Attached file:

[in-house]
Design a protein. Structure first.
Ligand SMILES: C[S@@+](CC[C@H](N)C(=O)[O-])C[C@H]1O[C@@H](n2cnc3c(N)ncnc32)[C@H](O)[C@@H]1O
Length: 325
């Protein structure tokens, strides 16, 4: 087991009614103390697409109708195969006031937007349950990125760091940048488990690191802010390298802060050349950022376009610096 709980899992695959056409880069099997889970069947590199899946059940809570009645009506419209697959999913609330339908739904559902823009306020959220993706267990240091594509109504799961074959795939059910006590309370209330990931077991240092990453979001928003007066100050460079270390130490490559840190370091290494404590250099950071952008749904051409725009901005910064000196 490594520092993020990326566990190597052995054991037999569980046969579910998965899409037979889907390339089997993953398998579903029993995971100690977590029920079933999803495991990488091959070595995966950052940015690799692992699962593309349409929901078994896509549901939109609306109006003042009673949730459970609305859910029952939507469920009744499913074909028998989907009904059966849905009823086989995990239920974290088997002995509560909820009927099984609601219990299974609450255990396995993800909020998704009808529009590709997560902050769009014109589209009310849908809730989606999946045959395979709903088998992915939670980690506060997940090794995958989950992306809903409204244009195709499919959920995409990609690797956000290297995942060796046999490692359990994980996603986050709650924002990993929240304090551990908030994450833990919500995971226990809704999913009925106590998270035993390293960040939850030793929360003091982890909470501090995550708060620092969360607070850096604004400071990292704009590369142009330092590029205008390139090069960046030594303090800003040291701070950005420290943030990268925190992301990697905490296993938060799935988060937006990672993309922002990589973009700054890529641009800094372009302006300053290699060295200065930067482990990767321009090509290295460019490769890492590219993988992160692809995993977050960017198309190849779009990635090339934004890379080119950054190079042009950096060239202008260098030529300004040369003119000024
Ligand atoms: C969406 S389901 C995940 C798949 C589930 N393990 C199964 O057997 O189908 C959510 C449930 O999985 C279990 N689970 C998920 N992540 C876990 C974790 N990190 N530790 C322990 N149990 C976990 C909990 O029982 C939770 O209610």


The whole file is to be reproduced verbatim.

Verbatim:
[in-house]
Design a protein. Structure first.
Ligand SMILES: C[S@@+](CC[C@H](N)C(=O)[O-])C[C@H]1O[C@@H](n2cnc3c(N)ncnc32)[C@H](O)[C@@H]1O
Length: 325
């Protein structure tokens, strides 16, 4: 087991009614103390697409109708195969006031937007349950990125760091940048488990690191802010390298802060050349950022376009610096 709980899992695959056409880069099997889970069947590199899946059940809570009645009506419209697959999913609330339908739904559902823009306020959220993706267990240091594509109504799961074959795939059910006590309370209330990931077991240092990453979001928003007066100050460079270390130490490559840190370091290494404590250099950071952008749904051409725009901005910064000196 490594520092993020990326566990190597052995054991037999569980046969579910998965899409037979889907390339089997993953398998579903029993995971100690977590029920079933999803495991990488091959070595995966950052940015690799692992699962593309349409929901078994896509549901939109609306109006003042009673949730459970609305859910029952939507469920009744499913074909028998989907009904059966849905009823086989995990239920974290088997002995509560909820009927099984609601219990299974609450255990396995993800909020998704009808529009590709997560902050769009014109589209009310849908809730989606999946045959395979709903088998992915939670980690506060997940090794995958989950992306809903409204244009195709499919959920995409990609690797956000290297995942060796046999490692359990994980996603986050709650924002990993929240304090551990908030994450833990919500995971226990809704999913009925106590998270035993390293960040939850030793929360003091982890909470501090995550708060620092969360607070850096604004400071990292704009590369142009330092590029205008390139090069960046030594303090800003040291701070950005420290943030990268925190992301990697905490296993938060799935988060937006990672993309922002990589973009700054890529641009800094372009302006300053290699060295200065930067482990990767321009090509290295460019490769890492590219993988992160692809995993977050960017198309190849779009990635090339934004890379080119950054190079042009950096060239202008260098030529300004040369003119000024
Ligand atoms: C969406 S389901 C995940 C798949 C589930 N393990 C199964 O057997 O189908 C959510 C449930 O999985 C279990 N689970 C998920 N992540 C876990 C974790 N990190 N530790 C322990 N149990 C976990 C909990 O029982 C939770 O209610």